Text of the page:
Michelle Obama has addressed the pain and disappointment she felt when Donald Trump won the 2016 presidential election in a new book.
“I was deeply moved to hear the man who replaced my husband as president openly and unapologetically using ethnic slurs, somehow condoning selfishness and hatred, refusing to condemn white supremacists or support people demonstrating for racial justice,” Obama wrote in “The Light” in the book. We Carry,” according to audio excerpts released to NPR on Monday. “I was surprised to hear them talk about the difference as if it were a threat.”
Obama wrote that he and Barack Obama built their principles on “hope and hard work,” and that he was confused when the country decided to elect Trump.
“For eight years, we tried to live these principles out loud while also recognizing that we stood up against the bigotry and bias that is so embedded in American life,” said Michelle Obama. “We understood that being in the White House as a black person said something about what was possible. So we redoubled our hope and hard work, trying to live that opportunity.”
“Whether or not the 2016 election was a direct rebuke to all of this, it hurt. It still hurts,” he said. “It felt like something more, much uglier than a simple political defeat.”
“Stuck in my house, in the scary months of early 2020, I didn’t see the logic in it,” Obama said, describing how he had sunk into a deep sense of hopelessness. “What I saw was a president whose lack of integrity was reflected in the rising national death count and whose poll numbers were still decent.”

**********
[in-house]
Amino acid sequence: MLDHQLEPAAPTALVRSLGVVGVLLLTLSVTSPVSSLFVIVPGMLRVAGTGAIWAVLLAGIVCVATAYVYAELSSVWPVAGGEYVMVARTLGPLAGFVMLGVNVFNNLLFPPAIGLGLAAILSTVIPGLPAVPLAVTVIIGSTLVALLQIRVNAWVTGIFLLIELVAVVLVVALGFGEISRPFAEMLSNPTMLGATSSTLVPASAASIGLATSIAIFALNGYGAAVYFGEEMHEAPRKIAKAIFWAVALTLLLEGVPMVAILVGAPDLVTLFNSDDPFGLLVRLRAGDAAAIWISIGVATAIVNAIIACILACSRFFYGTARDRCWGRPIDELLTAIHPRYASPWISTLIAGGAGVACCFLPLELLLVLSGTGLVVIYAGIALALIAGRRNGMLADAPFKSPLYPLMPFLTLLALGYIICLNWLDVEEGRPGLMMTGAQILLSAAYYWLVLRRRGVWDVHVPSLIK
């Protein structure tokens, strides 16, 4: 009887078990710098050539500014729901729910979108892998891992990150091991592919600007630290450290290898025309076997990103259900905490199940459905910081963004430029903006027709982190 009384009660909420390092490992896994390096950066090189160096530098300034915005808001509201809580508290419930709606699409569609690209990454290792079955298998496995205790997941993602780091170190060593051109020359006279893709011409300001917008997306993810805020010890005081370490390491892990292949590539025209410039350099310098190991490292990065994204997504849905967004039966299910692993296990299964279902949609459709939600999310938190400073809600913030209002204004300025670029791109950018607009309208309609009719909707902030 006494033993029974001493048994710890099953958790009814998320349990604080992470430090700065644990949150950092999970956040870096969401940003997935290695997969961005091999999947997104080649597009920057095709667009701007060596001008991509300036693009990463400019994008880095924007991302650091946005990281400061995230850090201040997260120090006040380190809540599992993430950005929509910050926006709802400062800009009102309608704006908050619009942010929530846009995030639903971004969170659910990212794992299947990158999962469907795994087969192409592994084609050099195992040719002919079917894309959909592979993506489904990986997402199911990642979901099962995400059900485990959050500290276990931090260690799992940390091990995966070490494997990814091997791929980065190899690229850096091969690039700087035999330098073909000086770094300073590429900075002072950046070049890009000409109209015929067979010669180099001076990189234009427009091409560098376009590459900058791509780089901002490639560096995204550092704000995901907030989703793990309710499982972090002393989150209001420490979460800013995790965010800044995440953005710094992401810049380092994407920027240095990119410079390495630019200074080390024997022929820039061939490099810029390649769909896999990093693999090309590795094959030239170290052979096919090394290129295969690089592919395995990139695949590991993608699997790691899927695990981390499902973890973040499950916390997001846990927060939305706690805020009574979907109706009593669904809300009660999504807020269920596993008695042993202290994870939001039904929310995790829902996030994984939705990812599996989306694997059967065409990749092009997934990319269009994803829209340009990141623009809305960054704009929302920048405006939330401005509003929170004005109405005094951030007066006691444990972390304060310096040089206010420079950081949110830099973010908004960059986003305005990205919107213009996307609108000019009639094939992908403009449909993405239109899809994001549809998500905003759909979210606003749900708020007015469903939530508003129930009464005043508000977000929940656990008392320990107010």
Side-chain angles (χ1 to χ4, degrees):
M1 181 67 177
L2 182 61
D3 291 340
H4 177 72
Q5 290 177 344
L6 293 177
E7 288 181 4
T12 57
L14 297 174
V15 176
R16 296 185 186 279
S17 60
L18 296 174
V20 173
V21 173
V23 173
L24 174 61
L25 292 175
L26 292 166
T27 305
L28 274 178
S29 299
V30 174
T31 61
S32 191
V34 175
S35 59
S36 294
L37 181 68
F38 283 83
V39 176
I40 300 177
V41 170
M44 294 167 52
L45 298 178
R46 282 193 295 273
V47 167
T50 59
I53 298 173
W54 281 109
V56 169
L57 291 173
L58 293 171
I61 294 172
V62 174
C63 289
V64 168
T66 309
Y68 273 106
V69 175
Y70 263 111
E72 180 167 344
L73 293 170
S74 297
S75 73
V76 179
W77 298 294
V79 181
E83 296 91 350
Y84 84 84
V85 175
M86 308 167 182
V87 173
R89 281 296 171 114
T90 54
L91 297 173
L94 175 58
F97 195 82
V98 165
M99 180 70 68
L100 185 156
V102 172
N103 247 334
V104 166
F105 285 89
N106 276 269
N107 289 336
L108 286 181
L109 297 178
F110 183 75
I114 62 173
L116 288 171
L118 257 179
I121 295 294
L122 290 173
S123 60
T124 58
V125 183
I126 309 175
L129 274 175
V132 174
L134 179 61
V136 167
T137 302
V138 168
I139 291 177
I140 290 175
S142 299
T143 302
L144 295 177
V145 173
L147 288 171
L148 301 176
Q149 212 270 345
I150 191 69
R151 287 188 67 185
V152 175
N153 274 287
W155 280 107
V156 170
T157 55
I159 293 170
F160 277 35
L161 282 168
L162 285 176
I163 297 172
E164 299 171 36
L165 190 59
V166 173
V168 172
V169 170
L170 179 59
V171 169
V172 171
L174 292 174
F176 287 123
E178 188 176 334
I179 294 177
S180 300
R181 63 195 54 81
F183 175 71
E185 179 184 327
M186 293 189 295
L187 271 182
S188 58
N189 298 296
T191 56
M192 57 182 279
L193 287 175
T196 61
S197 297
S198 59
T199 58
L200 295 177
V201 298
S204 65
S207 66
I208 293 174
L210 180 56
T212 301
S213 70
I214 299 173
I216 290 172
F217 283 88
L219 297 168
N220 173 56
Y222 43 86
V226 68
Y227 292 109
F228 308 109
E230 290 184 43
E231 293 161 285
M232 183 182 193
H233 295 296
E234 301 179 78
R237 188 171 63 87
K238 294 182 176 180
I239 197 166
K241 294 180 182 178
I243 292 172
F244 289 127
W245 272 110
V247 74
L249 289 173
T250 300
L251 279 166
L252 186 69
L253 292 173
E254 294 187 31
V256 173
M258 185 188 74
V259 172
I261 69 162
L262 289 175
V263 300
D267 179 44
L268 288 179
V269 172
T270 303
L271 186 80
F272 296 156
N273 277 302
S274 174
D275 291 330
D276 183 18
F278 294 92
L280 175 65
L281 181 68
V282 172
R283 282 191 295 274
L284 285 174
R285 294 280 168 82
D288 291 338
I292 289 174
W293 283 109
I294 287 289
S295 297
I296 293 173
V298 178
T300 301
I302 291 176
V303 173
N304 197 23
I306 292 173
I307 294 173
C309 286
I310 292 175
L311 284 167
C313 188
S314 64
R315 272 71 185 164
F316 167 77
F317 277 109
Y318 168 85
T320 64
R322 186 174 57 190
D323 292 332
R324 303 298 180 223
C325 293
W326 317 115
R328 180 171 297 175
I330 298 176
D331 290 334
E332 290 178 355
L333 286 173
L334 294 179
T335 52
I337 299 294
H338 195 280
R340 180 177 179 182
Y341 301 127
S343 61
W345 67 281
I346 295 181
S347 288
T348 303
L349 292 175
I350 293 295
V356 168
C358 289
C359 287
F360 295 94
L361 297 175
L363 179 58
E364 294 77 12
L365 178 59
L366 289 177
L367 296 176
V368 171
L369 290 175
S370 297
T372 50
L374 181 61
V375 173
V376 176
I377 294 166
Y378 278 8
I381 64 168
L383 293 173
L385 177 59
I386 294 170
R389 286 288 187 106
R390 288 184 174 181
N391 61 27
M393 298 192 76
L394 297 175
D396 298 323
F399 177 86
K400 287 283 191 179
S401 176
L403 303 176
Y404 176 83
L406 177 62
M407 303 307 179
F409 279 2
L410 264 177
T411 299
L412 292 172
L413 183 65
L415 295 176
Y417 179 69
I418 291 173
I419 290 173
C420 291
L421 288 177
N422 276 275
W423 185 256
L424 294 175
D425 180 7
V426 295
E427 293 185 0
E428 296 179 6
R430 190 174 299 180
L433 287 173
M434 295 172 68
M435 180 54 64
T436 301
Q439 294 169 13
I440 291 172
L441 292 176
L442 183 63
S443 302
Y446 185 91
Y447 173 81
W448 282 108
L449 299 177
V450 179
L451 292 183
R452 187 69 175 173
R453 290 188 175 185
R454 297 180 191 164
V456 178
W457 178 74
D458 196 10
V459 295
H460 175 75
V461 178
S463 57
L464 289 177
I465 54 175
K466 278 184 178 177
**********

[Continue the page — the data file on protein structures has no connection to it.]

In another audio clip released Monday, Obama also talks about how he was scared when Barack Obama first told him he wanted to run for president.
“I found the prospect of it really scary,” she said, describing how she took her time making the decision. “I could change the course of history because of the fear. Instead I said ‘yes’”.
Obama’s new book, which goes on sale on Tuesday, is a guide and reflection on how he has dealt with the last few years, how he has overcome despair and anxiety and how he has regained hope for the future. His first memoir, “Becoming,” was released in 2018, selling more than 17 million copies worldwide, making it one of the best-selling books of all time.